On March 4, 1998, at 1315 hours Pacific standard time, Alaska Airlines Flight 684, a Boeing 737-242C, N746AS, encountered severe clear air turbulence (CAT) at flight level (FL) 350 approximately 90 miles north-northeast of Reno, Nevada. There was no damage to the aircraft. Of the 116 personnel onboard, 3 passengers and 2 flight attendants received minor injuries, and 1 flight attendant suffered a broken ankle. Due to the injuries, the flight diverted to Reno. Visual meteorological conditions prevailed at the time. The flight was operated by Alaska Airlines, Inc., as a non-stop, regularly scheduled domestic passenger flight from Seattle to Las Vegas.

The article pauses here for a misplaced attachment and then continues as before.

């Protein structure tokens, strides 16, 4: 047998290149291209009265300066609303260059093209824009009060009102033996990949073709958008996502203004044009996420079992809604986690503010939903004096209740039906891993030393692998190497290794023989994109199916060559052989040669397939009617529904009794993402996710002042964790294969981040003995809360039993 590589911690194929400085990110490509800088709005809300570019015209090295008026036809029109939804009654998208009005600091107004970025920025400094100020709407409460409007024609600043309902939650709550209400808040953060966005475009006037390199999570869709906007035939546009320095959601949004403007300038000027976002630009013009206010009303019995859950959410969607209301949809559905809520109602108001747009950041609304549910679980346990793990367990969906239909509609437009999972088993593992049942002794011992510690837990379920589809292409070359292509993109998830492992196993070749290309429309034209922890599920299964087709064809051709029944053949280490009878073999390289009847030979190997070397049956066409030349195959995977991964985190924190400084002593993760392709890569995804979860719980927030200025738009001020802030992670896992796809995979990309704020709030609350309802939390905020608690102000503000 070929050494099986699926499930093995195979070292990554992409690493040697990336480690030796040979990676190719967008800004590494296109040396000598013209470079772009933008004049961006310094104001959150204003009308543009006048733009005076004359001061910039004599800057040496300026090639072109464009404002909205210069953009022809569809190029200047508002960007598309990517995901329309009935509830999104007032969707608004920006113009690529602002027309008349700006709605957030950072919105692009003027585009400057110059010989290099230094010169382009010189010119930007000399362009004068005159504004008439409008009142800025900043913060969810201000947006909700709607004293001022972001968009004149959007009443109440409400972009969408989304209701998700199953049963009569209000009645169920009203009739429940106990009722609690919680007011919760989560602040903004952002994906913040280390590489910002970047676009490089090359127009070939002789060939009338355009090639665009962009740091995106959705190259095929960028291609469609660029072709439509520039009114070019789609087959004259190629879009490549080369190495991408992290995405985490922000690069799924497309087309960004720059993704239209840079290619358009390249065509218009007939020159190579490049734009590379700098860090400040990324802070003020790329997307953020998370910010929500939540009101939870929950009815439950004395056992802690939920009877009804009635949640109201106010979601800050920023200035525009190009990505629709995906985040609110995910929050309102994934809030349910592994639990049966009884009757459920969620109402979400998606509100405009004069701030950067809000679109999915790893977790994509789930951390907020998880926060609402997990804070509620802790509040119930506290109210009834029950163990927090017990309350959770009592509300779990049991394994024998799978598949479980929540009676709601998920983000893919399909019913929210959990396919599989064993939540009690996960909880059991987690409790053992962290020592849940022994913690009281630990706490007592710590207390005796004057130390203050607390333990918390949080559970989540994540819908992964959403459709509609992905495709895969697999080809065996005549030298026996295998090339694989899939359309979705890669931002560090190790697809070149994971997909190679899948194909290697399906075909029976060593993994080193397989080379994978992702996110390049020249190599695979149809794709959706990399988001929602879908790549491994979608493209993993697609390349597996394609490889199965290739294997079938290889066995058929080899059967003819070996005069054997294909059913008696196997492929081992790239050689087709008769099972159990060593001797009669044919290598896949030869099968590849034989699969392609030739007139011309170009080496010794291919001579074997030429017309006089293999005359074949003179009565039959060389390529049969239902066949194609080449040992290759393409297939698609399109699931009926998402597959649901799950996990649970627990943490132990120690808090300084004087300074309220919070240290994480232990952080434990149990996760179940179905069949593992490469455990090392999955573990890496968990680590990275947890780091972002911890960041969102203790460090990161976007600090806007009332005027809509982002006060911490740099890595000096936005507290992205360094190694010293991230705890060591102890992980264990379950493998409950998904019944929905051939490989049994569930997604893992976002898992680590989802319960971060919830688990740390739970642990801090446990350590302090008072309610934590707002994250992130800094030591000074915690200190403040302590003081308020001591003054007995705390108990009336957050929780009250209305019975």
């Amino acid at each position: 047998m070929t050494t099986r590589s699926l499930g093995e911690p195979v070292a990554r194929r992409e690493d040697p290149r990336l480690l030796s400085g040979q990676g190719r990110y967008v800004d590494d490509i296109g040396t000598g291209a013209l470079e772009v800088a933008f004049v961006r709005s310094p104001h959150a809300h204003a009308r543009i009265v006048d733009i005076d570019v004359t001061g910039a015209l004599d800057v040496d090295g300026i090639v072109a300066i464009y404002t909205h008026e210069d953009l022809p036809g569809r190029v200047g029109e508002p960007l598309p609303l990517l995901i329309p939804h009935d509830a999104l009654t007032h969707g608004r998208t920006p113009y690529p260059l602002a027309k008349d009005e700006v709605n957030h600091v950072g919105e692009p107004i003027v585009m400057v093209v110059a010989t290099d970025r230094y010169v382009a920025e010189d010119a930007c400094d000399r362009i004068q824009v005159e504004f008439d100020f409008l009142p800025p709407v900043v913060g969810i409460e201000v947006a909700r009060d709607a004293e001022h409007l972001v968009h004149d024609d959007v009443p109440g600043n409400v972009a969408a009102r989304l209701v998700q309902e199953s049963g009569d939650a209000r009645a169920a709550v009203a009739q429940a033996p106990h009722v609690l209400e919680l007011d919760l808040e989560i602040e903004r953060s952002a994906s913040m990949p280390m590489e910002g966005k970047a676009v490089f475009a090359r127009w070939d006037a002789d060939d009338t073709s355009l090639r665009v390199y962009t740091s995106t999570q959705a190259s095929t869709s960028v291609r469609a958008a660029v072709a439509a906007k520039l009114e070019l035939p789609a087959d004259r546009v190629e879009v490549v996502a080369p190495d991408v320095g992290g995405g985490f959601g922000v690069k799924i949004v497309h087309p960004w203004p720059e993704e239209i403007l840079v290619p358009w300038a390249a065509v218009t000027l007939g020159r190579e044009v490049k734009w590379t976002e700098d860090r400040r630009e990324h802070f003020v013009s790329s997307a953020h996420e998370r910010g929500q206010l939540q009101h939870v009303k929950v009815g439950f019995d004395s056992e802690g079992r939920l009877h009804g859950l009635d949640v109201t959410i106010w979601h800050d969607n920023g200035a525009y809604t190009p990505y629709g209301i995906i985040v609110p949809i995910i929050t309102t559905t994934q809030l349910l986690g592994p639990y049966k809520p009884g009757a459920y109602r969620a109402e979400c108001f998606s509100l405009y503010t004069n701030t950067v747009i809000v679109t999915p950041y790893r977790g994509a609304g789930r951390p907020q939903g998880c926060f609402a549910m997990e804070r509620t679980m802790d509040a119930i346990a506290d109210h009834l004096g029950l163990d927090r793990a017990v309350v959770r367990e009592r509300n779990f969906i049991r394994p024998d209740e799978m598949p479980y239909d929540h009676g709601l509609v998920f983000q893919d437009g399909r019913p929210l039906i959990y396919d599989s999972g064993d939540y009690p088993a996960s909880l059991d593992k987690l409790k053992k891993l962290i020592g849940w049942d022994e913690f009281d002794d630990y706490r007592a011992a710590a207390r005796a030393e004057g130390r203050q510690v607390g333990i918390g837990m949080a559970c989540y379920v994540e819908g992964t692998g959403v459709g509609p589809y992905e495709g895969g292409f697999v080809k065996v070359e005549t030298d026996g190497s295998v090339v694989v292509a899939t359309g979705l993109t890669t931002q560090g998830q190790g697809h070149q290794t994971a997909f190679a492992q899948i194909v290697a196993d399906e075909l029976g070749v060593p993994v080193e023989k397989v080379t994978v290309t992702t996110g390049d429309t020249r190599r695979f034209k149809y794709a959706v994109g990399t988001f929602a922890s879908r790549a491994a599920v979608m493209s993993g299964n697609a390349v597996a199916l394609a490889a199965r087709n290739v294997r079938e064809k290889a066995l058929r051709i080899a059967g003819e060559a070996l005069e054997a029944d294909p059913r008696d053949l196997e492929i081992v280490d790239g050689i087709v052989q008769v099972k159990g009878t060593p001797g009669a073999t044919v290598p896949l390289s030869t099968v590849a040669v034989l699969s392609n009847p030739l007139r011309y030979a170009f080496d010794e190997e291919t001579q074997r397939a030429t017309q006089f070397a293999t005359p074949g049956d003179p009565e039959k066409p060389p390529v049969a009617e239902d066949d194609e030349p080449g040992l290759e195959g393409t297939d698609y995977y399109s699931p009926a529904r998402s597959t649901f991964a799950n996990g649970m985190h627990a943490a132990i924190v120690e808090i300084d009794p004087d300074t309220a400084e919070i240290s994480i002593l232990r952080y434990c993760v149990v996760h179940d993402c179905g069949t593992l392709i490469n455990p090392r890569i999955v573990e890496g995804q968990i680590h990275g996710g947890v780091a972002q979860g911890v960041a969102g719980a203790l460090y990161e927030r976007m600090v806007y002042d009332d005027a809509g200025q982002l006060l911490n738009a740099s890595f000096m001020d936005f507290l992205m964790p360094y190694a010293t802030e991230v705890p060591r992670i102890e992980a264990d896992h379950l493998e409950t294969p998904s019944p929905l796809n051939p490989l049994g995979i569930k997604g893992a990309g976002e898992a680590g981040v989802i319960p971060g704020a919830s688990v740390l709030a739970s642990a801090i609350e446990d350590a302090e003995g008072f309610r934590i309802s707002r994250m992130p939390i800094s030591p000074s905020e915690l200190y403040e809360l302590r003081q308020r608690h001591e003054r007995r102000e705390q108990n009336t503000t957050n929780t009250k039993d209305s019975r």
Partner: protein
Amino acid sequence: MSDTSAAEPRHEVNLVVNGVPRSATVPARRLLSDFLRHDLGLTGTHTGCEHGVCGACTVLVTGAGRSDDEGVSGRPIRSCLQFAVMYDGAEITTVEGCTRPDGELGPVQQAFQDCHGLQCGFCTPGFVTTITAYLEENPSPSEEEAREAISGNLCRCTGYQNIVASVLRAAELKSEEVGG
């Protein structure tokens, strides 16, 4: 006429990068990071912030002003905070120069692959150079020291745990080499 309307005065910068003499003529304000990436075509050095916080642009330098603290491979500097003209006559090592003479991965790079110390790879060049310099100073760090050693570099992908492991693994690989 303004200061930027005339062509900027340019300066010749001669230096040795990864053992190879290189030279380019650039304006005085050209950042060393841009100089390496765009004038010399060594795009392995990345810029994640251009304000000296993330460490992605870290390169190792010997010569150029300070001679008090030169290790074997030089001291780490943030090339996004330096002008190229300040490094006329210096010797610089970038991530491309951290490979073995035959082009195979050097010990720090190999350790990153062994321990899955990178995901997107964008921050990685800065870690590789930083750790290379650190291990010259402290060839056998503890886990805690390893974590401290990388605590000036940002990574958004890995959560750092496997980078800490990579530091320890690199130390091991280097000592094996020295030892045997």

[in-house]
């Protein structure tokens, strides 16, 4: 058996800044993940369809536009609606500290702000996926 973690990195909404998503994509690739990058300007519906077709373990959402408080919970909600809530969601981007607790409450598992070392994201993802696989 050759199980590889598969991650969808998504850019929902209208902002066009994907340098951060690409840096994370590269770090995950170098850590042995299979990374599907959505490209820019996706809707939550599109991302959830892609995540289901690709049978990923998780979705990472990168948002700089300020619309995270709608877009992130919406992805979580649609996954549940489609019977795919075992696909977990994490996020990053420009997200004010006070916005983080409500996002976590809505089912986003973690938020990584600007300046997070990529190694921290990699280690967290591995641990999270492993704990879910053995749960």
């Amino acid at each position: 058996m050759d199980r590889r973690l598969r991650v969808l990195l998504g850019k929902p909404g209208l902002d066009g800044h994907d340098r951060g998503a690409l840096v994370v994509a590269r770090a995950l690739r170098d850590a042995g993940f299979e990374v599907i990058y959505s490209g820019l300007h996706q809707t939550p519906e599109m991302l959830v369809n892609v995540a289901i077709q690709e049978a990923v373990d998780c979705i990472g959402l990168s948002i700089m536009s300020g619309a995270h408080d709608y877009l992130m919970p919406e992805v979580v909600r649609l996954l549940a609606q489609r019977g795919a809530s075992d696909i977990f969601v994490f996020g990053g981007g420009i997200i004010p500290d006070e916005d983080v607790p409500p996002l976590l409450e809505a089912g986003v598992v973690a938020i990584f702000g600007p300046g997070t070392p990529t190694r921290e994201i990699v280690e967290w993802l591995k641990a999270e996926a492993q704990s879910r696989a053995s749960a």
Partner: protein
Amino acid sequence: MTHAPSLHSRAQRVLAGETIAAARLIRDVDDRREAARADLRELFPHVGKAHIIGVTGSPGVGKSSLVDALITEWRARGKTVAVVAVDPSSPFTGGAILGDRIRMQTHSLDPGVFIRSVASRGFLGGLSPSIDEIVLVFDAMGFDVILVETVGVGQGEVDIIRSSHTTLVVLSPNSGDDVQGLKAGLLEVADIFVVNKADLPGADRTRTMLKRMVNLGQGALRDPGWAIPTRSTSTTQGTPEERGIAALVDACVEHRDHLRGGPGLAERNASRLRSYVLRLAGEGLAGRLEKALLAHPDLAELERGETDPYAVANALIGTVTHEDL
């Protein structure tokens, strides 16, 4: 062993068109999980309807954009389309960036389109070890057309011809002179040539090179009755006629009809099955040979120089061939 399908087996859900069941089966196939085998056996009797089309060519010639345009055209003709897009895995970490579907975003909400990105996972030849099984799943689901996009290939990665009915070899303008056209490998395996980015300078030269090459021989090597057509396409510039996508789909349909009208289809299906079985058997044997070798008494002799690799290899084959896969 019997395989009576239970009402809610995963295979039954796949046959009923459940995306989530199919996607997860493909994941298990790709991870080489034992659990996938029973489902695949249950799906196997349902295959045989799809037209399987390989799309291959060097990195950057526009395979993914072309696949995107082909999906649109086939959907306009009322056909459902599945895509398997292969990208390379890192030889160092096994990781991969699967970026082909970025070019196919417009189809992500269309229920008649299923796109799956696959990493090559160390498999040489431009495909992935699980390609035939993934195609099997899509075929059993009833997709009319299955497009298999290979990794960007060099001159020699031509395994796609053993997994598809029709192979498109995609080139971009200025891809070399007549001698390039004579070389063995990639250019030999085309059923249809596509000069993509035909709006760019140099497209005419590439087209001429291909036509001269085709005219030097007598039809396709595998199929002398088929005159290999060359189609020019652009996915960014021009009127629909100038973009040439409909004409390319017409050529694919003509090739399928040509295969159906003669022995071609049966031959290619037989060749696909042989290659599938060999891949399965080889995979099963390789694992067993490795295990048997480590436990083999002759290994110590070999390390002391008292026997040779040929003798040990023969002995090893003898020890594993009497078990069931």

According to the operator, en route conditions were smooth up until the event. The Captain noted no turbulence, chop, etc., and there were no reports by other aircraft of any turbulence. After level off, the seat belt signs were turned off and the normal announcement made by the flight crew to keep the seat belts fastened while seated. Normal service was in progress in the cabin at the time of the accident.

A review of the flight recorder data indicated that, for the CAT period involved, vertical acceleration (Nz) varied from +1.0g to +1.51g to -0.07g to +1.3g to +0.86g over a 6-second interval. (See enclosed sketch and FDR time histories.) The recorded data also indicated stable atmospheric conditions (Nz = 1.0g) at FL 350 during the several minutes prior to CAT onset.

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